HOBOKEN, N.J. -- The Maxwell House Coffee plant, the largest in the world and a landmark on the Hudson River since 1939, is to shut down by early 1992, company executives announced Wednesday.
The Kraft General Foods division of Philip Morris Inc., which owns Maxwell House, decided to keep its plant open in Jacksonville, Fla. The company said last year that one of the two plants would be shut down because of declining coffee consumption.
'We are keeping the Jacksonville plant because our total costs are less there than in Hoboken, and our assessment is that they will continue to be less in the future,' said Raymond G. Viault, president of the Maxwell House Coffee Co. 'Lower labor costs are one factor. Another is that Jacksonville is closer to important supply points.'
Local officials estimate that 3,500 jobs in the New York metropolitan area depend directly or indirectly on the Maxwell House plant, including 600 people working there and others employed by suppliers and shippers.
'It's a tragedy for Hoboken,' said city Business Administrator Edwin Chius. 'They've been an integral part of the community for the past 50 years. It's going to be a trauma for the hundreds of employees there.'
A consulting firm has been hired to counsel employees during the phase-out, Viault said. He said workers would be offered jobs where possible with Maxwell House, Kraft General Foods or Philip Morris.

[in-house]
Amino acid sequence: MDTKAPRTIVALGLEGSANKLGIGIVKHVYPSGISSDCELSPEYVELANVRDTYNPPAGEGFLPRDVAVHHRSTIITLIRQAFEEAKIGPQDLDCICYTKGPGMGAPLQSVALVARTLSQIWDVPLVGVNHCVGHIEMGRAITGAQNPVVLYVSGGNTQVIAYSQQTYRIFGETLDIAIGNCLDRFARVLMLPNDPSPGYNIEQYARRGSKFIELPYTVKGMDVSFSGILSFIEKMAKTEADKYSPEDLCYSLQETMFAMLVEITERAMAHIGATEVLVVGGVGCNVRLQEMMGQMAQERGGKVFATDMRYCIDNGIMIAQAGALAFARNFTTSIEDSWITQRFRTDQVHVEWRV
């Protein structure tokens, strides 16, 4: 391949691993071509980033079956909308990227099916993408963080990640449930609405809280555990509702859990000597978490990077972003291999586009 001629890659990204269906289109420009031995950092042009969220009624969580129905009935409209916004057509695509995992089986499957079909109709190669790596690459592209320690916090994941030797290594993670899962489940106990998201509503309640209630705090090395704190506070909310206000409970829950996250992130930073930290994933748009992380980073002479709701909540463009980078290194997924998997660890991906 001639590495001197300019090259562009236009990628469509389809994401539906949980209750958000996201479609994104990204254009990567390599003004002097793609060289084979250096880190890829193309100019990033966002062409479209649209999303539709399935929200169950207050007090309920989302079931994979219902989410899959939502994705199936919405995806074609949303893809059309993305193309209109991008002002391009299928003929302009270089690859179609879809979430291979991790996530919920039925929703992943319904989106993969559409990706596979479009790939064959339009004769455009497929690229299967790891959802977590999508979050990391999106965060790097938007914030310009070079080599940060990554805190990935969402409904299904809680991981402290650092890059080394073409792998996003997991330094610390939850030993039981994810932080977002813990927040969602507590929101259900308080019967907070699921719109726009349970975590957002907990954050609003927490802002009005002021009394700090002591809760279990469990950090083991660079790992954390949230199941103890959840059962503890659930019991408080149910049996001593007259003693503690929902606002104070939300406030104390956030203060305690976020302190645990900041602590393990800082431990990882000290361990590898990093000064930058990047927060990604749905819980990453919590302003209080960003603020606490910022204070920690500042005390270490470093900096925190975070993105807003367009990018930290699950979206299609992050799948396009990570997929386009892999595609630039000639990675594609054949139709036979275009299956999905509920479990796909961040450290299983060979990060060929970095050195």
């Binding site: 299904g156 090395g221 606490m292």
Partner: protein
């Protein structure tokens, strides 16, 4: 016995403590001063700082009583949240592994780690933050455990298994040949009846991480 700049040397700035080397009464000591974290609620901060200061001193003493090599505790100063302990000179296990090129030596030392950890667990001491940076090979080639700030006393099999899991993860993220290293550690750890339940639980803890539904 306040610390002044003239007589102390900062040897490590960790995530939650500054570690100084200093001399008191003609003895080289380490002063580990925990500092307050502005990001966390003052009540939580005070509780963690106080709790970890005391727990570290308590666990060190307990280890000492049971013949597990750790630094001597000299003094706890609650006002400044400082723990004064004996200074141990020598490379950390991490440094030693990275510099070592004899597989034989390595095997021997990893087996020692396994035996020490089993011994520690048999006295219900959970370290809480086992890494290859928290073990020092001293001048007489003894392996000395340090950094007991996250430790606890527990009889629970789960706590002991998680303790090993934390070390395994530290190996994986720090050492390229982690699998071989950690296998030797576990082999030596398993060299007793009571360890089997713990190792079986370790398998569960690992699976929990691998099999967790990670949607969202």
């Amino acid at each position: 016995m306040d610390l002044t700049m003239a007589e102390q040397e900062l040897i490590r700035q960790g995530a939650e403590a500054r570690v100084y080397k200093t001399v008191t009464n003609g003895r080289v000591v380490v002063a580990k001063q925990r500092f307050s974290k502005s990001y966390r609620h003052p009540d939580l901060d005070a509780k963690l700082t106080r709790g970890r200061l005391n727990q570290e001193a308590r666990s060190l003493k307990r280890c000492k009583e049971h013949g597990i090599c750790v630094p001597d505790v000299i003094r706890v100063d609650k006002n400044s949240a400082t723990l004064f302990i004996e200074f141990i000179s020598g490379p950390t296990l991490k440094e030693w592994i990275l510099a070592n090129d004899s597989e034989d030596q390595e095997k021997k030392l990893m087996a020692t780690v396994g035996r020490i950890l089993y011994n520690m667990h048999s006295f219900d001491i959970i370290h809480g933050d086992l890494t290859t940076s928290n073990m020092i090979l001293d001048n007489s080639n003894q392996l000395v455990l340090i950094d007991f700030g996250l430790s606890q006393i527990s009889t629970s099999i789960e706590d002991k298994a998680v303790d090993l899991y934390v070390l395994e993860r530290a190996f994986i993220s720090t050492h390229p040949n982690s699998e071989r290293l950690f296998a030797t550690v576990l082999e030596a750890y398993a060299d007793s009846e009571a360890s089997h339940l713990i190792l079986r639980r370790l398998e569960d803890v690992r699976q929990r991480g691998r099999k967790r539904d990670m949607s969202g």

The Maxwell House plant, with its giant sign showing a cup of coffee 'good to the last drop,' dates back to the days when the Hudson River was lined with piers, factories and shipyards. Once it closes, the Union Drydock Co. next door will be the last vestige of the area where 'On the Waterfront' was filmed.
The company's decision to shut one plant pitted Hoboken and Jacksonville against each other. Both cities offered tax concessions and other inducements to General Foods while union members at both plants at first rejected contract concessions and then reversed themselves.
Hourly labor costs average $2.70 an hour less in Jacksonville. But Viault said the plant also is closer to Maxwell House's Houston plant, which supplies decaffeinated coffee beans, a lithography plant in Tarrant, Ala., which supplies cans and the company's sources of supply in Central America.
Hoboken, working with the Port Authority of New York and New Jersey and Stevens Institute of Technology, had put together a package for Maxwell House that included new technology to be supplied with help from Stevens and a proposal to ship supplies by barge to Hoboken, cutting transportation costs.
Maxwell House's Houston plant, which makes decaffeinated coffee, and another in San Leandro, Calif., which makes specialty coffees, were not involved in the competition. Although overall coffee consumption has declined 24 percent in the United States since 1963, decaffeinated and specialty coffees have held their own, the company said.